They write. They know what it's like to be a writer. They didn't stand by the other writers. They made deals and crossed the picket line. They're scabs. If those five names (and maybe a handful of others) had stood with ALL the writers, and not just cut a temp deal for their little tuft of turf, this strike would have been over a month and a half ago.

Divide and conquer.
posted by ZachsMind at 8:57 PM on January 14, 2008 [3 favorites]


What all this boils down to is this: unless you're able to be both a writer and producer, you're fucked. Being a writer in Hollywood means less than it did when all this started, and it didn't mean a hell of a lot before all this started.
posted by ZachsMind at 9:01 PM on January 14, 2008 [1 favorite]


So what happens when this ends? Do all the writers who lost their jobs get them back? Or is there a brain drain and does that leave open the possibility that new talent is hired?
posted by PostIronyIsNotaMyth at 9:01 PM on January 14, 2008


I'm asking this semi-seriously. Am I crossing the picket lines by watching the Daily Show?
posted by dances_with_sneetches at 9:05 PM on January 14, 2008


"Am I crossing the picket lines by watching the Daily Show?"

YES!

Anyone who tells you otherwise ain't a writer.
posted by ZachsMind at 9:06 PM on January 14, 2008 [3 favorites]


It's more complicated than I'm making it out to be.

No, it's not complicated at all. You are wrong. David Letterman at least - I'm not sure about the others - has made a deal with the union. He has the union's permission to do what he's doing, and presumably his writers are all WGA members. The word "scab" has a pretty specific meaning here, and it doesn't apply. If the union, which represents "ALL the writers," didn't want him on the air, they didn't have to make a deal with him.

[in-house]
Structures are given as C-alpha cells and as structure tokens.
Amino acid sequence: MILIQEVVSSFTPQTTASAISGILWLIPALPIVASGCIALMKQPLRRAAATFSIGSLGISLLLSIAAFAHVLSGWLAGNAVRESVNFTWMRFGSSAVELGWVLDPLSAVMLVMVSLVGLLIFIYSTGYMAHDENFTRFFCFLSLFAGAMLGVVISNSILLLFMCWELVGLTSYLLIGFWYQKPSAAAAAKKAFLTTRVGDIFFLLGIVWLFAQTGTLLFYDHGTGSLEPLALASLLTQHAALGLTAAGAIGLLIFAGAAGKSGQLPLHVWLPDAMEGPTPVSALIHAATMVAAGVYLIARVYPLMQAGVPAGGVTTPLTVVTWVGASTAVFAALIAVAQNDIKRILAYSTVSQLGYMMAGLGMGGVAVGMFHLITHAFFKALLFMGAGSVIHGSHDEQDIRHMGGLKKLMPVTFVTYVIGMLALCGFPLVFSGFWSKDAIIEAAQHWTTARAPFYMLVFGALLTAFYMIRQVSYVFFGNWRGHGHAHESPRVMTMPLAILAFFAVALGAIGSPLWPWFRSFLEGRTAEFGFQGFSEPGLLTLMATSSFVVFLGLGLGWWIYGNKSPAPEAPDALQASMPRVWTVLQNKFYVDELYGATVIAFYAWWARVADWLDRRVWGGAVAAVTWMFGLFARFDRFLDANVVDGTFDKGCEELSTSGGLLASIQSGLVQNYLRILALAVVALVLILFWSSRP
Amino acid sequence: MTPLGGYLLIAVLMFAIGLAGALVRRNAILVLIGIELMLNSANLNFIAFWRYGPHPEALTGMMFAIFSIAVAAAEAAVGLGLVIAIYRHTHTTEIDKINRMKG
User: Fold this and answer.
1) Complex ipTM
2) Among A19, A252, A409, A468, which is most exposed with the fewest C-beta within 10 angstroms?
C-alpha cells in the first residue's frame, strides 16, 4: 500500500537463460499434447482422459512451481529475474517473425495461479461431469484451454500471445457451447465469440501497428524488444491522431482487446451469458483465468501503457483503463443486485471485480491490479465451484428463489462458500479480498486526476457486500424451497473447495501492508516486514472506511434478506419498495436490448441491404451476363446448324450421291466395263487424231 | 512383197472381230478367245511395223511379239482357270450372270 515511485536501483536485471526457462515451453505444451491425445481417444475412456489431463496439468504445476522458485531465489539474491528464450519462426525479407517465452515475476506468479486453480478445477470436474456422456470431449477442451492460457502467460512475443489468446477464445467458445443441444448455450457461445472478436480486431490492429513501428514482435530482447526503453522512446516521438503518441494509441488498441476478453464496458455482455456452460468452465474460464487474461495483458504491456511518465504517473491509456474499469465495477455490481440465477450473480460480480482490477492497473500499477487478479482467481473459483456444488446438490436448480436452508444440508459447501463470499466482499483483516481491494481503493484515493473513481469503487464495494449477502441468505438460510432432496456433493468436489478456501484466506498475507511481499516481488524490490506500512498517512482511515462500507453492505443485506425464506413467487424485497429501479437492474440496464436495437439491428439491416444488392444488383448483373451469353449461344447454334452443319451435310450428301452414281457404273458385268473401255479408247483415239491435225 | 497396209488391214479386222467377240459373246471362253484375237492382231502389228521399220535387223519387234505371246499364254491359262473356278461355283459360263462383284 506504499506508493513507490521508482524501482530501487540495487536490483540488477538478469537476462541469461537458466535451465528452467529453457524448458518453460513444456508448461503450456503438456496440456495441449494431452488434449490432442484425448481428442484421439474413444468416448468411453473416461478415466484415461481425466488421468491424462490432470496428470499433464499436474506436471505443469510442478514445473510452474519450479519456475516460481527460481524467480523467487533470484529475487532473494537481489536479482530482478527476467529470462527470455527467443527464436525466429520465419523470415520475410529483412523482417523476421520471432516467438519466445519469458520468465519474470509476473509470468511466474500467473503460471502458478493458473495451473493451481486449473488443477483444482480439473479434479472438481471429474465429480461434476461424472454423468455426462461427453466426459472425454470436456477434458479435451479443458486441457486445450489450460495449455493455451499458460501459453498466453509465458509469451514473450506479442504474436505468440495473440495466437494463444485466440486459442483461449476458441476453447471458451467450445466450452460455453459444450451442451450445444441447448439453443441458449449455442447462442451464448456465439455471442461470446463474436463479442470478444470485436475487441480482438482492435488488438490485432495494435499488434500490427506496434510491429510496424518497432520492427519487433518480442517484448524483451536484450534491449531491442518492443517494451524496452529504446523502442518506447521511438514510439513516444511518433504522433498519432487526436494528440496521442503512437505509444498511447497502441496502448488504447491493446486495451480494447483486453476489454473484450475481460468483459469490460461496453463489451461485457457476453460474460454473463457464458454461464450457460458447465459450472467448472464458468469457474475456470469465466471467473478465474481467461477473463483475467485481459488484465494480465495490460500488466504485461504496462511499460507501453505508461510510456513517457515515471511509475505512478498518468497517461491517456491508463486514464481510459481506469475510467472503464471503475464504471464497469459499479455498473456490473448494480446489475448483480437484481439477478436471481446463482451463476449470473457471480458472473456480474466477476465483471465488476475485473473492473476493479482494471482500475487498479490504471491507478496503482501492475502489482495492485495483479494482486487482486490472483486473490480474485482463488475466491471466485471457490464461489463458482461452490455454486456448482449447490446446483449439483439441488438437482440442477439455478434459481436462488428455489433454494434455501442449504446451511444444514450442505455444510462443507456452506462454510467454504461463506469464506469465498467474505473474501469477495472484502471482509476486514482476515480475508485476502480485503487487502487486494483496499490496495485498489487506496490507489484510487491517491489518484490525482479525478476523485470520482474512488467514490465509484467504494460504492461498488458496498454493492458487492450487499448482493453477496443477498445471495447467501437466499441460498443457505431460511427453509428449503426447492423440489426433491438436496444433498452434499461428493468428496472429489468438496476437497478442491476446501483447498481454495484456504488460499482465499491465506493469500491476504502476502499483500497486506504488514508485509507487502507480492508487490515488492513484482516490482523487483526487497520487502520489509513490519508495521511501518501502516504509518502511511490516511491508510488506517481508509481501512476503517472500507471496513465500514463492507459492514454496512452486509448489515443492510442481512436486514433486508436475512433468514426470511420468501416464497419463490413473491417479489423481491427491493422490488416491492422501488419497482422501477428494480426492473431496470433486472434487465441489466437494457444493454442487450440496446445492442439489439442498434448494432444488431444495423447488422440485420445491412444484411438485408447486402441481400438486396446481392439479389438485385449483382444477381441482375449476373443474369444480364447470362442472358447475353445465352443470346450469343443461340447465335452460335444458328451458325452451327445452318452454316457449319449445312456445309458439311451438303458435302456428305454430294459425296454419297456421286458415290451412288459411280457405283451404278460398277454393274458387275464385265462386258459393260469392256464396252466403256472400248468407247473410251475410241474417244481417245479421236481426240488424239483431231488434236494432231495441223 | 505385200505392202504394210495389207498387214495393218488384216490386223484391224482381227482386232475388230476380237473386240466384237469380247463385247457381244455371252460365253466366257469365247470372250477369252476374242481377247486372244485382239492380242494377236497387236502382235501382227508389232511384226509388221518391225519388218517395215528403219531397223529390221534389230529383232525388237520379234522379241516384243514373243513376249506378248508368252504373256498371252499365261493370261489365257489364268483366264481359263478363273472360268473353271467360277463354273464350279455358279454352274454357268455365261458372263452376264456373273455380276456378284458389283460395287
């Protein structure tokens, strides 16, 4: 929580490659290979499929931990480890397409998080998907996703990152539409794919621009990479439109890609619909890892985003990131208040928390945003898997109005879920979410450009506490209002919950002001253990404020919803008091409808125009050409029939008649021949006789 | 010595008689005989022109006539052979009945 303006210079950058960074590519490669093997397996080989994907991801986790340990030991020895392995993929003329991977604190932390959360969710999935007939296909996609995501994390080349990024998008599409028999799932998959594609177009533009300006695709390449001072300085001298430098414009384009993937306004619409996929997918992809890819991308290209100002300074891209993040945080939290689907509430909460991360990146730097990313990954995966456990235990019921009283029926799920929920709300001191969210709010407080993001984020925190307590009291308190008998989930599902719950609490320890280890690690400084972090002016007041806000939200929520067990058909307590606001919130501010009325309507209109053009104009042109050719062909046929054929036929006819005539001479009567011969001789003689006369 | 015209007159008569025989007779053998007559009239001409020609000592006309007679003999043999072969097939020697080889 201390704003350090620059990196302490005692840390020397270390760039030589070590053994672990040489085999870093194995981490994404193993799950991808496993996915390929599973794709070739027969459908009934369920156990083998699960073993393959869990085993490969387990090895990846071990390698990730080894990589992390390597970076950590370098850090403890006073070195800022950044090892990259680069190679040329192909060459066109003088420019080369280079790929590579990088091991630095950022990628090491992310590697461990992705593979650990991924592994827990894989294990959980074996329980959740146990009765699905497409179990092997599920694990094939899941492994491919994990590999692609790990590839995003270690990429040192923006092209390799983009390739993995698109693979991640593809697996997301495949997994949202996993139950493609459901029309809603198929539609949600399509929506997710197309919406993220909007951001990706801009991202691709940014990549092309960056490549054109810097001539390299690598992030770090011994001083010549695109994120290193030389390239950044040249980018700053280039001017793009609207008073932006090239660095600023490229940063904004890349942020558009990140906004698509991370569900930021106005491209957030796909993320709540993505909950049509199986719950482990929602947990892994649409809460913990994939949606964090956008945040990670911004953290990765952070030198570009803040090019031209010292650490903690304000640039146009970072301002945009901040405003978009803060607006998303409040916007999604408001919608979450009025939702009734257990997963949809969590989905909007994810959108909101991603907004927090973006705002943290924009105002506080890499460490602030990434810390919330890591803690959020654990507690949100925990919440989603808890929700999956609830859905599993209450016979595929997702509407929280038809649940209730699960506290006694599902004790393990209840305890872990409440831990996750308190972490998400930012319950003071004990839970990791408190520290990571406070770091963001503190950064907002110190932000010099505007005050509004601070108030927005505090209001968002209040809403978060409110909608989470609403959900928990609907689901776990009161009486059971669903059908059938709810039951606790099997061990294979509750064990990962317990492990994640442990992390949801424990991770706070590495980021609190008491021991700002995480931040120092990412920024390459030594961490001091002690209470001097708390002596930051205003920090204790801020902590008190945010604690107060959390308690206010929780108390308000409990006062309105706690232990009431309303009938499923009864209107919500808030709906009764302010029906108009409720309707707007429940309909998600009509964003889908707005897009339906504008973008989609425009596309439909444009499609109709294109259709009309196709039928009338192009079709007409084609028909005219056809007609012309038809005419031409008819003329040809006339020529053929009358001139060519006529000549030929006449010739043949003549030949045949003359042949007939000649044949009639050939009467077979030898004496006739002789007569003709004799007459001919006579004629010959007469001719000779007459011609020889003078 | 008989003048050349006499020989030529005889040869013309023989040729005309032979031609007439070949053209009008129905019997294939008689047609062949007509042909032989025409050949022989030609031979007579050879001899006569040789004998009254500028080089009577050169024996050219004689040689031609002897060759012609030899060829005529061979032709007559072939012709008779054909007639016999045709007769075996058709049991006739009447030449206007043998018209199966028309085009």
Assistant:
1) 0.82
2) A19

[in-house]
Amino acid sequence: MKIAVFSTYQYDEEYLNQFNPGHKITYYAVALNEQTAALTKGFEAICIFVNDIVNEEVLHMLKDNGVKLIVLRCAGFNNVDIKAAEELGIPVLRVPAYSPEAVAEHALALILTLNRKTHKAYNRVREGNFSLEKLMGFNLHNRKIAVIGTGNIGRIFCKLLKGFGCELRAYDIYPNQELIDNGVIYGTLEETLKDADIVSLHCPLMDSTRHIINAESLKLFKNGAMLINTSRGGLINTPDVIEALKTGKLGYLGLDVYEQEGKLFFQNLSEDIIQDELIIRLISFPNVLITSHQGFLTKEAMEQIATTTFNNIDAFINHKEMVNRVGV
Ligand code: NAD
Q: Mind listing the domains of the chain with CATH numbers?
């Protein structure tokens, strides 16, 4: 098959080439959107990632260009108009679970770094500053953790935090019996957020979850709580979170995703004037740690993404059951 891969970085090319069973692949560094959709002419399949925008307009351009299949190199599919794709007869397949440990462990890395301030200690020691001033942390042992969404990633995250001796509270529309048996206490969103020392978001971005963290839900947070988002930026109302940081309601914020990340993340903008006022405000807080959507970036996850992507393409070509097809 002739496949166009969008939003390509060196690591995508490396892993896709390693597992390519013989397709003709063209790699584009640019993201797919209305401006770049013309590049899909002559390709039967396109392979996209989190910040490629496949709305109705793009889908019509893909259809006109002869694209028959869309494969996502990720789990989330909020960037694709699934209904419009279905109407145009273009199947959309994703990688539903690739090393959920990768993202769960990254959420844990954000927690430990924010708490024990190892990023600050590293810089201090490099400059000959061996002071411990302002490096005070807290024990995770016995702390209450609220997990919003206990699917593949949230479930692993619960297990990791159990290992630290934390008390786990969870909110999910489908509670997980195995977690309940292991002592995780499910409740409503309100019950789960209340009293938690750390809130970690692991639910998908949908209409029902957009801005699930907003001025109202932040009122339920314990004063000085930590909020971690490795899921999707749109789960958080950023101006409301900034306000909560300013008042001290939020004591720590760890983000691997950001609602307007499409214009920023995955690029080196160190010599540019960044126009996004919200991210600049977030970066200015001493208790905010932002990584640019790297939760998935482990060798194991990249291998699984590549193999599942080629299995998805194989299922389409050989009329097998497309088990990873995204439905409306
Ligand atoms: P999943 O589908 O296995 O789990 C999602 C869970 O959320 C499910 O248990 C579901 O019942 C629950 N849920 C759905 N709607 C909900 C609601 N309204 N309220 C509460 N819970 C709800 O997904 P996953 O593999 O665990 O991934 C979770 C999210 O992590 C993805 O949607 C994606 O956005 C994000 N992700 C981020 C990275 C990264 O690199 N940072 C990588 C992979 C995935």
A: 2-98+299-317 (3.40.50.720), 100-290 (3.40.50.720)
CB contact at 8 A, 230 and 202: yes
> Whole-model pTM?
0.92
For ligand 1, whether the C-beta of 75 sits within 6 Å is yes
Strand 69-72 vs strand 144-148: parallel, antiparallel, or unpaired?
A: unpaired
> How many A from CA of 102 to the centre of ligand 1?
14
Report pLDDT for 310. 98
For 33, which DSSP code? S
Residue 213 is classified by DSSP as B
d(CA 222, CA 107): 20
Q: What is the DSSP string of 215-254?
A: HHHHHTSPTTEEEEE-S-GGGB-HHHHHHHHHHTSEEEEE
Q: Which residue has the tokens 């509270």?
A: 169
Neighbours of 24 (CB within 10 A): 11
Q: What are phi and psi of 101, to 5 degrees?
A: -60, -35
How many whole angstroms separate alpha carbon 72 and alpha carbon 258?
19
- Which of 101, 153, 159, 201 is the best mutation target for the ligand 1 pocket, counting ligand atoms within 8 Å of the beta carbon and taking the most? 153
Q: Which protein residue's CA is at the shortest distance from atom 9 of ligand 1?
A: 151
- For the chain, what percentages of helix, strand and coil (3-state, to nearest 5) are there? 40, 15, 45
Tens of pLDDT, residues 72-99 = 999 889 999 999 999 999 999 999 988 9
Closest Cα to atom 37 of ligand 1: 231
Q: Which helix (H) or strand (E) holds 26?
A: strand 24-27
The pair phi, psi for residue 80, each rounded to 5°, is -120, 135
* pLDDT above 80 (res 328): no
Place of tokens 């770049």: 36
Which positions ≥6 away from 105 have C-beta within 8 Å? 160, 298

posted by me & my monkey at 9:07 PM on January 14, 2008


pfft... unions blow.
posted by spish at 9:09 PM on January 14, 2008


David Letterman at least - I'm not sure about the others - has made a deal with the union. He has the union's permission to do what he's doing, and presumably his writers are all WGA members.

No, ZachsMind is right, the WGA are scabs. Wait, what?
posted by Bookhouse at 9:11 PM on January 14, 2008


Didn't we just have a thread where ZachsMind called everyone a Scab?
posted by smackfu at 9:12 PM on January 14, 2008 [1 favorite]


"You are wrong. David Letterman at least..."

That attitude is not a part of the solution, Monkey. You don't cut a deal with the family dog for all the H2O he can lap up, when Mister Jones refuses to pay his water bill. You can't play favorites. The pipes either run dry, or the Jones family doesn't pay you.
posted by ZachsMind at 9:15 PM on January 14, 2008


Or to take another perspective on the matter than ZachsMind -

There's a hell of a lot of stubbornness on both sides of this strike. If some smaller studios show that they can work out deals with the WGA independently, then it's probably only a matter of time before the larger ones start taking it seriously and come back to the table.

Would this strike have "been over a month and a half ago" without the interim deals? Highly unlikely, as these deals were negotiated much less than six weeks ago. Pure hyperbole.